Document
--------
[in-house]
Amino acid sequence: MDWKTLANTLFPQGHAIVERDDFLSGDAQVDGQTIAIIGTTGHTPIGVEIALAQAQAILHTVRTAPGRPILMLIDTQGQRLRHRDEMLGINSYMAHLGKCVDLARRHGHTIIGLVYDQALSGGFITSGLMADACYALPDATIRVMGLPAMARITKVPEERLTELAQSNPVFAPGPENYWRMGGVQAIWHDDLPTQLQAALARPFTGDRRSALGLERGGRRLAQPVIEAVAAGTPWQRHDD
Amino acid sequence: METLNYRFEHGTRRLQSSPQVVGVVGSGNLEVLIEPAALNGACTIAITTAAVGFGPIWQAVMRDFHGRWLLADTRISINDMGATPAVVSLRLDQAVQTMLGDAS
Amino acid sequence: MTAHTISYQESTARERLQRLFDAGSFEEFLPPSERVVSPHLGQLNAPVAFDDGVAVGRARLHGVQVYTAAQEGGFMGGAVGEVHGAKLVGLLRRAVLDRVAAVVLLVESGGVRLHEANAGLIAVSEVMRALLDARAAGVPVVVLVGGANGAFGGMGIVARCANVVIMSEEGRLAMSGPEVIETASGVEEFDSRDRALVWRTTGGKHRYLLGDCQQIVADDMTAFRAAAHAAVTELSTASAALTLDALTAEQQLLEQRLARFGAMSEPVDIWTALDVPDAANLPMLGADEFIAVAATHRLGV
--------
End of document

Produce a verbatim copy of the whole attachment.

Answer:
[in-house]
Amino acid sequence: MDWKTLANTLFPQGHAIVERDDFLSGDAQVDGQTIAIIGTTGHTPIGVEIALAQAQAILHTVRTAPGRPILMLIDTQGQRLRHRDEMLGINSYMAHLGKCVDLARRHGHTIIGLVYDQALSGGFITSGLMADACYALPDATIRVMGLPAMARITKVPEERLTELAQSNPVFAPGPENYWRMGGVQAIWHDDLPTQLQAALARPFTGDRRSALGLERGGRRLAQPVIEAVAAGTPWQRHDD
Amino acid sequence: METLNYRFEHGTRRLQSSPQVVGVVGSGNLEVLIEPAALNGACTIAITTAAVGFGPIWQAVMRDFHGRWLLADTRISINDMGATPAVVSLRLDQAVQTMLGDAS
Amino acid sequence: MTAHTISYQESTARERLQRLFDAGSFEEFLPPSERVVSPHLGQLNAPVAFDDGVAVGRARLHGVQVYTAAQEGGFMGGAVGEVHGAKLVGLLRRAVLDRVAAVVLLVESGGVRLHEANAGLIAVSEVMRALLDARAAGVPVVVLVGGANGAFGGMGIVARCANVVIMSEEGRLAMSGPEVIETASGVEEFDSRDRALVWRTTGGKHRYLLGDCQQIVADDMTAFRAAAHAAVTELSTASAALTLDALTAEQQLLEQRLARFGAMSEPVDIWTALDVPDAANLPMLGADEFIAVAATHRLGV